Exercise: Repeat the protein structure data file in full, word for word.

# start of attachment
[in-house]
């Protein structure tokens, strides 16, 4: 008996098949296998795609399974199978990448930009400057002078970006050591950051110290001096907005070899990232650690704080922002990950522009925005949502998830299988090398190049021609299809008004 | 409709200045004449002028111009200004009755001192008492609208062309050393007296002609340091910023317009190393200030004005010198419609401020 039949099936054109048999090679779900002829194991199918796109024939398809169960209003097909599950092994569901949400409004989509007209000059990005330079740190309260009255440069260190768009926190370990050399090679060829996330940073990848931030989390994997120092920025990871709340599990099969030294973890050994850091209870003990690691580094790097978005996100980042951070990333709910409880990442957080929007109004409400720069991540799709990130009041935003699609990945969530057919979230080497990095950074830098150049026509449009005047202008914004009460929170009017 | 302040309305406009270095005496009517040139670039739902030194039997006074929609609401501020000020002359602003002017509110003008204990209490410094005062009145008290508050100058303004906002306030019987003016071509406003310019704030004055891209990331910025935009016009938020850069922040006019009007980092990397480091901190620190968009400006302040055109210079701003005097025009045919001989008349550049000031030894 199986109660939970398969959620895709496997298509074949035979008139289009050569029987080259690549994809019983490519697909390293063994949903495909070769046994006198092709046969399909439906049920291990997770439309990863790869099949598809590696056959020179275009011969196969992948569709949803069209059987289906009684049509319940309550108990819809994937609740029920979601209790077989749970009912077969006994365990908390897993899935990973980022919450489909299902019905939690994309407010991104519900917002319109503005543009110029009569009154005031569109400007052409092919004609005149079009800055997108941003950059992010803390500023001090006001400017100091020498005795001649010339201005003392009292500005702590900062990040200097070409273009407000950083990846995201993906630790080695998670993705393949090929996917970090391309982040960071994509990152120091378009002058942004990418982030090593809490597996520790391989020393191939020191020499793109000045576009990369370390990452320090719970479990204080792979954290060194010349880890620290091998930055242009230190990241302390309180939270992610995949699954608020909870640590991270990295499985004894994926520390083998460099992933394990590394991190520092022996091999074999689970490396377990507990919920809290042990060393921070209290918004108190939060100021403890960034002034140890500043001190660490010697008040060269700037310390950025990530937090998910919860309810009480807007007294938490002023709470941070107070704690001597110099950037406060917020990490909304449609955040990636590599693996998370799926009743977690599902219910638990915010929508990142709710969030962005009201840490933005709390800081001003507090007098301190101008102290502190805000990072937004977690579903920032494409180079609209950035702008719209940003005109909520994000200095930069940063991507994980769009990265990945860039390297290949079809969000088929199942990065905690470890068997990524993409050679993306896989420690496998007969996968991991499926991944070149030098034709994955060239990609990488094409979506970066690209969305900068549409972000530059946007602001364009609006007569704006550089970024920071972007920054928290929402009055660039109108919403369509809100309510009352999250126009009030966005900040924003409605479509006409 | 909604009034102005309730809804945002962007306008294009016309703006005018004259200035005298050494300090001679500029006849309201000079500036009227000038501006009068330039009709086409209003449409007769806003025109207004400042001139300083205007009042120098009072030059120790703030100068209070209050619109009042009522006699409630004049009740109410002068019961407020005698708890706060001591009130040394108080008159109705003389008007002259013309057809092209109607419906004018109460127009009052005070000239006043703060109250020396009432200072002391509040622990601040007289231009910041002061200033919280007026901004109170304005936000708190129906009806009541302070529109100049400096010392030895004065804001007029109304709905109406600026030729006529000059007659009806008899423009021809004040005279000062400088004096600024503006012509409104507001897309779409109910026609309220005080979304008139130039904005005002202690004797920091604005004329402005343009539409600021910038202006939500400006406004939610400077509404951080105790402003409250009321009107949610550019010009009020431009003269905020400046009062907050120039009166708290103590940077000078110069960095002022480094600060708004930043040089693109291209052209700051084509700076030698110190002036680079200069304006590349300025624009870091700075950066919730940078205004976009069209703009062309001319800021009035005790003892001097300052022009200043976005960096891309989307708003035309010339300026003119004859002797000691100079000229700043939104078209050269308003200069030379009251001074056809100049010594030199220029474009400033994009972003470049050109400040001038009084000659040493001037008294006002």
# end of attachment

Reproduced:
[in-house]
């Protein structure tokens, strides 16, 4: 008996098949296998795609399974199978990448930009400057002078970006050591950051110290001096907005070899990232650690704080922002990950522009925005949502998830299988090398190049021609299809008004 | 409709200045004449002028111009200004009755001192008492609208062309050393007296002609340091910023317009190393200030004005010198419609401020 039949099936054109048999090679779900002829194991199918796109024939398809169960209003097909599950092994569901949400409004989509007209000059990005330079740190309260009255440069260190768009926190370990050399090679060829996330940073990848931030989390994997120092920025990871709340599990099969030294973890050994850091209870003990690691580094790097978005996100980042951070990333709910409880990442957080929007109004409400720069991540799709990130009041935003699609990945969530057919979230080497990095950074830098150049026509449009005047202008914004009460929170009017 | 302040309305406009270095005496009517040139670039739902030194039997006074929609609401501020000020002359602003002017509110003008204990209490410094005062009145008290508050100058303004906002306030019987003016071509406003310019704030004055891209990331910025935009016009938020850069922040006019009007980092990397480091901190620190968009400006302040055109210079701003005097025009045919001989008349550049000031030894 199986109660939970398969959620895709496997298509074949035979008139289009050569029987080259690549994809019983490519697909390293063994949903495909070769046994006198092709046969399909439906049920291990997770439309990863790869099949598809590696056959020179275009011969196969992948569709949803069209059987289906009684049509319940309550108990819809994937609740029920979601209790077989749970009912077969006994365990908390897993899935990973980022919450489909299902019905939690994309407010991104519900917002319109503005543009110029009569009154005031569109400007052409092919004609005149079009800055997108941003950059992010803390500023001090006001400017100091020498005795001649010339201005003392009292500005702590900062990040200097070409273009407000950083990846995201993906630790080695998670993705393949090929996917970090391309982040960071994509990152120091378009002058942004990418982030090593809490597996520790391989020393191939020191020499793109000045576009990369370390990452320090719970479990204080792979954290060194010349880890620290091998930055242009230190990241302390309180939270992610995949699954608020909870640590991270990295499985004894994926520390083998460099992933394990590394991190520092022996091999074999689970490396377990507990919920809290042990060393921070209290918004108190939060100021403890960034002034140890500043001190660490010697008040060269700037310390950025990530937090998910919860309810009480807007007294938490002023709470941070107070704690001597110099950037406060917020990490909304449609955040990636590599693996998370799926009743977690599902219910638990915010929508990142709710969030962005009201840490933005709390800081001003507090007098301190101008102290502190805000990072937004977690579903920032494409180079609209950035702008719209940003005109909520994000200095930069940063991507994980769009990265990945860039390297290949079809969000088929199942990065905690470890068997990524993409050679993306896989420690496998007969996968991991499926991944070149030098034709994955060239990609990488094409979506970066690209969305900068549409972000530059946007602001364009609006007569704006550089970024920071972007920054928290929402009055660039109108919403369509809100309510009352999250126009009030966005900040924003409605479509006409 | 909604009034102005309730809804945002962007306008294009016309703006005018004259200035005298050494300090001679500029006849309201000079500036009227000038501006009068330039009709086409209003449409007769806003025109207004400042001139300083205007009042120098009072030059120790703030100068209070209050619109009042009522006699409630004049009740109410002068019961407020005698708890706060001591009130040394108080008159109705003389008007002259013309057809092209109607419906004018109460127009009052005070000239006043703060109250020396009432200072002391509040622990601040007289231009910041002061200033919280007026901004109170304005936000708190129906009806009541302070529109100049400096010392030895004065804001007029109304709905109406600026030729006529000059007659009806008899423009021809004040005279000062400088004096600024503006012509409104507001897309779409109910026609309220005080979304008139130039904005005002202690004797920091604005004329402005343009539409600021910038202006939500400006406004939610400077509404951080105790402003409250009321009107949610550019010009009020431009003269905020400046009062907050120039009166708290103590940077000078110069960095002022480094600060708004930043040089693109291209052209700051084509700076030698110190002036680079200069304006590349300025624009870091700075950066919730940078205004976009069209703009062309001319800021009035005790003892001097300052022009200043976005960096891309989307708003035309010339300026003119004859002797000691100079000229700043939104078209050269308003200069030379009251001074056809100049010594030199220029474009400033994009972003470049050109400040001038009084000659040493001037008294006002």